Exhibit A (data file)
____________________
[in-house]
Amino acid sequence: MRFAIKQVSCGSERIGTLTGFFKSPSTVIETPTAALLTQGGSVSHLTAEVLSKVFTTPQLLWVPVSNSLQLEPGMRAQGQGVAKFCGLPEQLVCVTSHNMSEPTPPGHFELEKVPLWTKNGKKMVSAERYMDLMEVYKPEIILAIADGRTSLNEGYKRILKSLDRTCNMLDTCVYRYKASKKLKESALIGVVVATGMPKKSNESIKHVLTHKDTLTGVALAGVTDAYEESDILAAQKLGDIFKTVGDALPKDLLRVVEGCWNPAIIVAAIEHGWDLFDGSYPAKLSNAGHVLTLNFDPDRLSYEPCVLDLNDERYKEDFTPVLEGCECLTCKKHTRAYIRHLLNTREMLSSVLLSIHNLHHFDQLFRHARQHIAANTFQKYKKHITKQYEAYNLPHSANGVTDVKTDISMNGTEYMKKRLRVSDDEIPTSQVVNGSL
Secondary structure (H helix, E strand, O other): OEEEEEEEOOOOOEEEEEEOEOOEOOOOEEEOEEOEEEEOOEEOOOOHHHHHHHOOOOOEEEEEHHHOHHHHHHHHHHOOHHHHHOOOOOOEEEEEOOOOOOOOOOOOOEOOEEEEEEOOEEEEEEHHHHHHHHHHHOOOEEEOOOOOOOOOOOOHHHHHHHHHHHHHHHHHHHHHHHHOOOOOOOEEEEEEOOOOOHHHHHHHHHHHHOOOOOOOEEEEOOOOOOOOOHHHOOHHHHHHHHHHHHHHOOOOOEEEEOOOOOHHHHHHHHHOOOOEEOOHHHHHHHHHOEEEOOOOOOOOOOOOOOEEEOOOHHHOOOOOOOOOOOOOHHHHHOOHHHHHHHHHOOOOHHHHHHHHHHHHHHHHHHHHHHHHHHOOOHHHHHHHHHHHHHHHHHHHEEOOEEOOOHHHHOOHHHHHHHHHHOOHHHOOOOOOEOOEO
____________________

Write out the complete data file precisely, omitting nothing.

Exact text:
[in-house]
Amino acid sequence: MRFAIKQVSCGSERIGTLTGFFKSPSTVIETPTAALLTQGGSVSHLTAEVLSKVFTTPQLLWVPVSNSLQLEPGMRAQGQGVAKFCGLPEQLVCVTSHNMSEPTPPGHFELEKVPLWTKNGKKMVSAERYMDLMEVYKPEIILAIADGRTSLNEGYKRILKSLDRTCNMLDTCVYRYKASKKLKESALIGVVVATGMPKKSNESIKHVLTHKDTLTGVALAGVTDAYEESDILAAQKLGDIFKTVGDALPKDLLRVVEGCWNPAIIVAAIEHGWDLFDGSYPAKLSNAGHVLTLNFDPDRLSYEPCVLDLNDERYKEDFTPVLEGCECLTCKKHTRAYIRHLLNTREMLSSVLLSIHNLHHFDQLFRHARQHIAANTFQKYKKHITKQYEAYNLPHSANGVTDVKTDISMNGTEYMKKRLRVSDDEIPTSQVVNGSL
Secondary structure (H helix, E strand, O other): OEEEEEEEOOOOOEEEEEEOEOOEOOOOEEEOEEOEEEEOOEEOOOOHHHHHHHOOOOOEEEEEHHHOHHHHHHHHHHOOHHHHHOOOOOOEEEEEOOOOOOOOOOOOOEOOEEEEEEOOEEEEEEHHHHHHHHHHHOOOEEEOOOOOOOOOOOOHHHHHHHHHHHHHHHHHHHHHHHHOOOOOOOEEEEEEOOOOOHHHHHHHHHHHHOOOOOOOEEEEOOOOOOOOOHHHOOHHHHHHHHHHHHHHOOOOOEEEEOOOOOHHHHHHHHHOOOOEEOOHHHHHHHHHOEEEOOOOOOOOOOOOOOEEEOOOHHHOOOOOOOOOOOOOHHHHHOOHHHHHHHHHOOOOHHHHHHHHHHHHHHHHHHHHHHHHHHOOOHHHHHHHHHHHHHHHHHHHEEOOEEOOOHHHHOOHHHHHHHHHHOOHHHOOOOOOEOOEO